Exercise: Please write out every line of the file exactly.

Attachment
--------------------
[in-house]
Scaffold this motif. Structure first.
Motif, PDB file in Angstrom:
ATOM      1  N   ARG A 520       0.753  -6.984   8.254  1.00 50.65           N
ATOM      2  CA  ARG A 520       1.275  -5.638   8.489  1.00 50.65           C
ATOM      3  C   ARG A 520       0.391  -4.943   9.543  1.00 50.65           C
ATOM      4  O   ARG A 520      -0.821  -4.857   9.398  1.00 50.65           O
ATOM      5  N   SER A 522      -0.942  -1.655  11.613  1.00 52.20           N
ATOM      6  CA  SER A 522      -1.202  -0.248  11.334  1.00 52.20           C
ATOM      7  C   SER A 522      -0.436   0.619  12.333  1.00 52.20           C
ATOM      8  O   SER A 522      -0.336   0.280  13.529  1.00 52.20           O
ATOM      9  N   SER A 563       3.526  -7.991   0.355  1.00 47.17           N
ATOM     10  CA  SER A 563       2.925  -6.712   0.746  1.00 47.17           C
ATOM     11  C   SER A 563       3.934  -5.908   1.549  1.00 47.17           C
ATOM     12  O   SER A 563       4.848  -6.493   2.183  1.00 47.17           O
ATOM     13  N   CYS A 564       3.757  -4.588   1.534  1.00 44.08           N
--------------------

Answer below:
[in-house]
Scaffold this motif. Structure first.
Motif, PDB file in Angstrom:
ATOM      1  N   ARG A 520       0.753  -6.984   8.254  1.00 50.65           N
ATOM      2  CA  ARG A 520       1.275  -5.638   8.489  1.00 50.65           C
ATOM      3  C   ARG A 520       0.391  -4.943   9.543  1.00 50.65           C
ATOM      4  O   ARG A 520      -0.821  -4.857   9.398  1.00 50.65           O
ATOM      5  N   SER A 522      -0.942  -1.655  11.613  1.00 52.20           N
ATOM      6  CA  SER A 522      -1.202  -0.248  11.334  1.00 52.20           C
ATOM      7  C   SER A 522      -0.436   0.619  12.333  1.00 52.20           C
ATOM      8  O   SER A 522      -0.336   0.280  13.529  1.00 52.20           O
ATOM      9  N   SER A 563       3.526  -7.991   0.355  1.00 47.17           N
ATOM     10  CA  SER A 563       2.925  -6.712   0.746  1.00 47.17           C
ATOM     11  C   SER A 563       3.934  -5.908   1.549  1.00 47.17           C
ATOM     12  O   SER A 563       4.848  -6.493   2.183  1.00 47.17           O
ATOM     13  N   CYS A 564       3.757  -4.588   1.534  1.00 44.08           N